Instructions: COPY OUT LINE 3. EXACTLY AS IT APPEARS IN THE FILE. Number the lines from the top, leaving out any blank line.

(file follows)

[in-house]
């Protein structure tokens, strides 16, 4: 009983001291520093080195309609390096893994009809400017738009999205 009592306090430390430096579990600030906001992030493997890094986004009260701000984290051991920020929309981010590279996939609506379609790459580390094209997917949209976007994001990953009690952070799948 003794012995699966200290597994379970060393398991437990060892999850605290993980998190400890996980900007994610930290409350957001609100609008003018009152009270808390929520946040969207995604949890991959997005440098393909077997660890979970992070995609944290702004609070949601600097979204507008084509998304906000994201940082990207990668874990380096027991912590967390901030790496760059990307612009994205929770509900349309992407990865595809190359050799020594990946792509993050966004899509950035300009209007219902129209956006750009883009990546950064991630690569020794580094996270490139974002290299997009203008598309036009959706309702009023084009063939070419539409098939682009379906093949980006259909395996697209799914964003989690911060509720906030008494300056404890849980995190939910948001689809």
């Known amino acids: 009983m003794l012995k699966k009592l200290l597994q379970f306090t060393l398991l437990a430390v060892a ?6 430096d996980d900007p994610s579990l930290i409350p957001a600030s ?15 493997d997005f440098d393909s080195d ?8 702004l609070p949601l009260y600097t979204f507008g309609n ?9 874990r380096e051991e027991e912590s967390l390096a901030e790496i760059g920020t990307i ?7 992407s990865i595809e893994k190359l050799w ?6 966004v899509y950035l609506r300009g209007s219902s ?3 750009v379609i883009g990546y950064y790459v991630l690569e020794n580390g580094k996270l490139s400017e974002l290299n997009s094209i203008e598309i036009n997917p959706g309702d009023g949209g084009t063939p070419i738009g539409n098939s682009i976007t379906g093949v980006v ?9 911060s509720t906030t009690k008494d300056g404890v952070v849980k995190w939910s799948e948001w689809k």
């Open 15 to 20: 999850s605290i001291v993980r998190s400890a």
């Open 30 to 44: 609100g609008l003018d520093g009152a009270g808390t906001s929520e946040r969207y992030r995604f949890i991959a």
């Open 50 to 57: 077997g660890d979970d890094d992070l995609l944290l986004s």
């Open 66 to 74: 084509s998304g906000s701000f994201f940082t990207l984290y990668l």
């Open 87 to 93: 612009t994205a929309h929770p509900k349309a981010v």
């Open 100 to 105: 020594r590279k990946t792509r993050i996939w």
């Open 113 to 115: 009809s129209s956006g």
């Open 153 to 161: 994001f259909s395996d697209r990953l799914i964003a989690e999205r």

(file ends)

């Known amino acids: 009983m003794l012995k699966k009592l200290l597994q379970f306090t060393l398991l437990a430390v060892a ?6 430096d996980d900007p994610s579990l930290i409350p957001a600030s ?15 493997d997005f440098d393909s080195d ?8 702004l609070p949601l009260y600097t979204f507008g309609n ?9 874990r380096e051991e027991e912590s967390l390096a901030e790496i760059g920020t990307i ?7 992407s990865i595809e893994k190359l050799w ?6 966004v899509y950035l609506r300009g209007s219902s ?3 750009v379609i883009g990546y950064y790459v991630l690569e020794n580390g580094k996270l490139s400017e974002l290299n997009s094209i203008e598309i036009n997917p959706g309702d009023g949209g084009t063939p070419i738009g539409n098939s682009i976007t379906g093949v980006v ?9 911060s509720t906030t009690k008494d300056g404890v952070v849980k995190w939910s799948e948001w689809k």